Searching over 5,500,000 cases.


searching
Buy This Entire Record For $7.95

Official citation and/or docket number and footnotes (if any) for this case available with purchase.

Learn more about what you receive with purchase of this case.

Panzella v. County of Nassau

United States District Court, E.D. New York

January 15, 2015

CHRISTINE PANZELLA, Individually and On Behalf of a Class of All Other Persons Similarly Situated, Plaintiff,
v.
COUNTY OF NASSAU, NASSAU COUNTY SHERIFF'S DEPARTMENT, MICHAEL J. SPOSATO, Individually and in his Official Capacity, ROBERT MASTROPIERI, Individually and in his Official Capacity, UNKNOWN SHERIFF #1, with Shield # 116, and UNKNOWN SHERIFFS #2 through 4, Defendants.

ORDER

SANDRA J. FEUERSTEIN, District Judge.

I. BACKGROUND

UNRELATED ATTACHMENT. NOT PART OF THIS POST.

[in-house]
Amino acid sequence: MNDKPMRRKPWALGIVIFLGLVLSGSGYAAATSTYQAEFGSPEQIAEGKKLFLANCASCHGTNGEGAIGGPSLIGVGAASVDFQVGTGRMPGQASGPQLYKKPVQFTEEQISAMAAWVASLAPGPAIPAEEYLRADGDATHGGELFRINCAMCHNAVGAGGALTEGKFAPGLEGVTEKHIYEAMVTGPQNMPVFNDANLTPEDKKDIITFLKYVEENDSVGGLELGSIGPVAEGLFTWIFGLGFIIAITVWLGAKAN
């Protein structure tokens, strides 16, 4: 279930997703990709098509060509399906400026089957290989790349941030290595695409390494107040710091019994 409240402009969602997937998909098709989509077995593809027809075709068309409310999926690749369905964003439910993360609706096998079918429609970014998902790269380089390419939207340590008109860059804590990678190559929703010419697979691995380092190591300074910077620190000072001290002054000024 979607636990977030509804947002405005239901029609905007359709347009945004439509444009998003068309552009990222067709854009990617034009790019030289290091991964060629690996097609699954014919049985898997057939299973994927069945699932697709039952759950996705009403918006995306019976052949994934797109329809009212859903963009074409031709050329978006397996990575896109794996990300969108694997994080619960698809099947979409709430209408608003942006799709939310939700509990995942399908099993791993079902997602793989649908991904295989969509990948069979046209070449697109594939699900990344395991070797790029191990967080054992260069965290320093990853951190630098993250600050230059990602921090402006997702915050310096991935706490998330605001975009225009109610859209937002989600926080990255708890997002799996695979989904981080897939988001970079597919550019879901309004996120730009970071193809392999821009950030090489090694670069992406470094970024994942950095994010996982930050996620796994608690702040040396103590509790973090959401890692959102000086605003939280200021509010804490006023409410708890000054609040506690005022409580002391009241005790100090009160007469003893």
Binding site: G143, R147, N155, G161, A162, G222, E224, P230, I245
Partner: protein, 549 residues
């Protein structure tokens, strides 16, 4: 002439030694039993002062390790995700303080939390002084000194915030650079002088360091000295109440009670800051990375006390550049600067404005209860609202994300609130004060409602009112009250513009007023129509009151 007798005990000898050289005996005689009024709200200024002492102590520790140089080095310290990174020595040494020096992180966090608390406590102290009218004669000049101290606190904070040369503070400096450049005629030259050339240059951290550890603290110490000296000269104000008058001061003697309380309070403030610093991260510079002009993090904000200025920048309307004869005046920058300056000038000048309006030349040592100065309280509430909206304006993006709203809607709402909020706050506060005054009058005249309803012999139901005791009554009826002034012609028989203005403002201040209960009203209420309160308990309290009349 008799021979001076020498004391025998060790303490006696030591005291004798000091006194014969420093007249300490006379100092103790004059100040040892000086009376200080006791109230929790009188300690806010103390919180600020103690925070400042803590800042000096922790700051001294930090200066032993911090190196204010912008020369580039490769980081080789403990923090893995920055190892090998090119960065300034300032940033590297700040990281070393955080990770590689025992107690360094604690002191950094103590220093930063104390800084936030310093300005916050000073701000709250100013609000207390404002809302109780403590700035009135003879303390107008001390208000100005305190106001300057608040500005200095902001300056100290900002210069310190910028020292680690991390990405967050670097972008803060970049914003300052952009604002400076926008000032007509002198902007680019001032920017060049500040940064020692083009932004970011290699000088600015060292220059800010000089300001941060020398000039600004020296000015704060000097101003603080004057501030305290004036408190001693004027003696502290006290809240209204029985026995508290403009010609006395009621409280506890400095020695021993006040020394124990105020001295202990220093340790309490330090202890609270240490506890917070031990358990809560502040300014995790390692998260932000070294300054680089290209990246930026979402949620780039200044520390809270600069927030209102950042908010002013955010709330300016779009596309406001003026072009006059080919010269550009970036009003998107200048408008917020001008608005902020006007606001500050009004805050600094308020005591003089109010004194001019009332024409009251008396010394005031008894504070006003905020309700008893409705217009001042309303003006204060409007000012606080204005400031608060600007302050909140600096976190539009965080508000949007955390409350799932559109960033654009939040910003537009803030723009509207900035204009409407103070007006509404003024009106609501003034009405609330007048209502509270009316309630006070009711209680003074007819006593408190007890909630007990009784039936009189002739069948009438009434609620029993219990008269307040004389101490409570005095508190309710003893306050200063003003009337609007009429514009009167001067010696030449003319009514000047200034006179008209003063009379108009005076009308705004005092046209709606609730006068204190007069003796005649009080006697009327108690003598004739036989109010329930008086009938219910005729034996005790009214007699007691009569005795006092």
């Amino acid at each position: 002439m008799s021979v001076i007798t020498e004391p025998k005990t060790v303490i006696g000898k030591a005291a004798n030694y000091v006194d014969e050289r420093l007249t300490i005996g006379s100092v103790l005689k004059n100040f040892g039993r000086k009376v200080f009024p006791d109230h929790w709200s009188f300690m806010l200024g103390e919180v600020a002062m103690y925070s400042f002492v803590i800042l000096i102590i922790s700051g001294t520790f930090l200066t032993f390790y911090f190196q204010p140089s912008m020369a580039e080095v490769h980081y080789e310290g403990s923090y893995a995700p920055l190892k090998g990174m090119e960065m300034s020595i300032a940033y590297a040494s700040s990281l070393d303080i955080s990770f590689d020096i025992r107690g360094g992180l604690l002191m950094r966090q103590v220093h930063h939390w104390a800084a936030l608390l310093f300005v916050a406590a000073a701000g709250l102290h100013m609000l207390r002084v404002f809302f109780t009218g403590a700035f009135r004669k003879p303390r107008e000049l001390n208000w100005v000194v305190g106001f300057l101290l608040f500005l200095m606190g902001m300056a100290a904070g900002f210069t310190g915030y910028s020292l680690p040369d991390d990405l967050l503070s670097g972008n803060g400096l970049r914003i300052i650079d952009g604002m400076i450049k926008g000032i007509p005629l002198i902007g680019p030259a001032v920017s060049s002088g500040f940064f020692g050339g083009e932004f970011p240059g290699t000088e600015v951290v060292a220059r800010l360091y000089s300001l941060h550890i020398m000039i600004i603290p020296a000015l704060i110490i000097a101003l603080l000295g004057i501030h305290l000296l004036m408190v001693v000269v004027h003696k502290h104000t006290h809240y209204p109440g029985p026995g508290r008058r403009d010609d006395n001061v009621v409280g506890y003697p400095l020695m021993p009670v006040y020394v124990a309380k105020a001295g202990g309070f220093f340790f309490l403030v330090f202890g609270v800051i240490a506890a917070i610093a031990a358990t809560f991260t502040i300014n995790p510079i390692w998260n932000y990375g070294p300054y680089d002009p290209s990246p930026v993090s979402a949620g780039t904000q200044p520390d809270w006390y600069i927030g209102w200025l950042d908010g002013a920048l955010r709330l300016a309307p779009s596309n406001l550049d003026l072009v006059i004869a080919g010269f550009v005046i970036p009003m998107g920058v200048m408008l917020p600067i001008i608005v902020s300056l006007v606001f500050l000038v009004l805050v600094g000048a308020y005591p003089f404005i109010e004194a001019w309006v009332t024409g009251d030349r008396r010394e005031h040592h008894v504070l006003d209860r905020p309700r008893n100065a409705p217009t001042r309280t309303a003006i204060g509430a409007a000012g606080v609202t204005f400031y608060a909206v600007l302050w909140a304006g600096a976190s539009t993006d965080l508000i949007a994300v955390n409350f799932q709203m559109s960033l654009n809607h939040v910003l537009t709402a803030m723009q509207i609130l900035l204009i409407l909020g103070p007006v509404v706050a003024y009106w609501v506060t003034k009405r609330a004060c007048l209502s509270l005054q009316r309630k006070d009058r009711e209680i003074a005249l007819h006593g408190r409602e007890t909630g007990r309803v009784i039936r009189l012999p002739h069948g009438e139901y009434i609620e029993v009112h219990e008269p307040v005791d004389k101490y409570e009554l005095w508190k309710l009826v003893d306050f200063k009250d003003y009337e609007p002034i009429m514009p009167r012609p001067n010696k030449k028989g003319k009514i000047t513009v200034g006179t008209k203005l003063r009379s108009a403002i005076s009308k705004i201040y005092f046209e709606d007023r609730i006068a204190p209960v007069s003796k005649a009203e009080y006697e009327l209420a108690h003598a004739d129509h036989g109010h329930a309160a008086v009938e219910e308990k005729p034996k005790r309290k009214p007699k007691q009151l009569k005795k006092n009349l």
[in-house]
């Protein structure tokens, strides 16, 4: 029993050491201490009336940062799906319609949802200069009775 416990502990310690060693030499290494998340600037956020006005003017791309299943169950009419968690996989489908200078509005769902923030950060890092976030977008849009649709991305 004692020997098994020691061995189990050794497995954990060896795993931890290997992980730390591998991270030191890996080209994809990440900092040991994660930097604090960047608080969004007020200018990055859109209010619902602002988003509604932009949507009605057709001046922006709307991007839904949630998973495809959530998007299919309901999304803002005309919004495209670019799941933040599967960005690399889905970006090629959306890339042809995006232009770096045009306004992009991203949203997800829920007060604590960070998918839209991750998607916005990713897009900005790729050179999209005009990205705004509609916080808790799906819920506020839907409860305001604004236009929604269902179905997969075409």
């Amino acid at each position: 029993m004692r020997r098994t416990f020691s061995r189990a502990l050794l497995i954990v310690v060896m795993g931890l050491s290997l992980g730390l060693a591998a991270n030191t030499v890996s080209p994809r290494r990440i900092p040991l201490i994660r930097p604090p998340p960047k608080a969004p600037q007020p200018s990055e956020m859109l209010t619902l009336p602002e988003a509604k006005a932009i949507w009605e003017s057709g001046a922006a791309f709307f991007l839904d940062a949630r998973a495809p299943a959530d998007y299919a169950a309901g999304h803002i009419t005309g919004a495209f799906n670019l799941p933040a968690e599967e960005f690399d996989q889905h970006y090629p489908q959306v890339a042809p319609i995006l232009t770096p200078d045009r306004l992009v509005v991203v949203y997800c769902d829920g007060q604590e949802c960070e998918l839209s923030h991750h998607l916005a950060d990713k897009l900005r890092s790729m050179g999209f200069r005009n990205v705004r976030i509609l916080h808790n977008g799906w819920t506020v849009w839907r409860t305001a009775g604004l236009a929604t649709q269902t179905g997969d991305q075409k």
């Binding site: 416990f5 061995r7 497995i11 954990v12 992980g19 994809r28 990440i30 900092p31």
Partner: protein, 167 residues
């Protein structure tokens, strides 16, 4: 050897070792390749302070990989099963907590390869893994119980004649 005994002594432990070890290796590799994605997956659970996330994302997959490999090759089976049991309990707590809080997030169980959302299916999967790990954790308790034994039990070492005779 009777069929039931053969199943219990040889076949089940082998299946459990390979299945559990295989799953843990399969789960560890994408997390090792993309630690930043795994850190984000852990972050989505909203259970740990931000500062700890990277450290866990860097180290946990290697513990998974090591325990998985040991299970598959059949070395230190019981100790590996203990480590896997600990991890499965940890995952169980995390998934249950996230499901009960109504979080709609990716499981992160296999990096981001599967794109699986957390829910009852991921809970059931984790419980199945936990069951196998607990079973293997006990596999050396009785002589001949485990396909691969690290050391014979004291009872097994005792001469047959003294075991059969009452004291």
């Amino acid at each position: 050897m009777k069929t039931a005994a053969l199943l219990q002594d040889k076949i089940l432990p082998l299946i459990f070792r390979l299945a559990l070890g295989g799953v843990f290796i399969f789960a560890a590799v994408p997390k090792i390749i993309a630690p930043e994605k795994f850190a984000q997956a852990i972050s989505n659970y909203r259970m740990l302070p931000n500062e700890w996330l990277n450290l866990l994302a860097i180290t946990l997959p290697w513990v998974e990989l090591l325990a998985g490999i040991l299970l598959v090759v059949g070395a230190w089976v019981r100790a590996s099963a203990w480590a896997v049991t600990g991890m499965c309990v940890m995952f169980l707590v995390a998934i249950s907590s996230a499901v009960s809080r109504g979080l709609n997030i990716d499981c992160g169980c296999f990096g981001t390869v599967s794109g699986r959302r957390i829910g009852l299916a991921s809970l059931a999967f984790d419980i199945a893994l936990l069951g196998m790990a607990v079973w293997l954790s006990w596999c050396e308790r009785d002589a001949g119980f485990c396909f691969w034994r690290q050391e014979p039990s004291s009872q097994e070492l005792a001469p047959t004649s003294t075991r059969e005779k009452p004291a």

On October 11, 2013, plaintiff Christine Panzella ("plaintiff') commenced this civil rights action against County of Nassau ("Nassau County"), Nassau County Sheriffs Department ("Nassau County Sheriff"), Michael J. Sposato, Robert Mastropieri, Unknown Sheriff #1, with Shield # 116, and Unknown Sheriffs #2 through 4 (collectively, "defendants"), challenging defendants' retention of plaintiff's longarms following the expiration of a court order pursuant to which such longarms were confiscated by defendants. [Docket Entry No. 1 (the "Complaint")]. On November 27, 2013, defendants filed a motion to dismiss pursuant to Federal Rule 12(b)(6) [Docket Entry No. 18] which the Court converted into a motion for summary judgment on December 6, 2013 [Docket Entry No. 27], and terminated with leave to reopen on July 9, 2014 [Docket Entry No. 44]. On November 21, 2014, defendants filed their answer to the Complaint. [Docket Entry No. 56 (the "Answer")]. On November 26, 2014, the parties served their notices for cross-motions for summary judgment [Docket Entry Nos. 59, 61], and plaintiff filed a letter motion to strike defendants' Answer in its entirety based on untimeliness pursuant to Federal Rules of Civil Procedure 55(c) and 12(a)(4)(A), or, in the alternative, to strike the Answer's ninth, tenth, eleventh, twelfth, thirteenth, fourteenth, fifteenth and seventeenth affirmative defenses pursuant to Federal Rules of Civil Procedure 12(f) & (h). [Docket Entry No. 60 ("Pt. Motion to Strike")]. Defendants opposed plaintiff's Motion to Strike, arguing that plaintiff was not prejudiced by defendants' Answer, and that the Court should proceed to render judgment on the parties' cross-motions for summary judgment once those motions are fully briefed. [Docket Entry No. 62 ("Def. Opp. to Motion to Strike")]. For the reasons set forth below, plaintiff's Motion to Strike is granted in part and denied in part.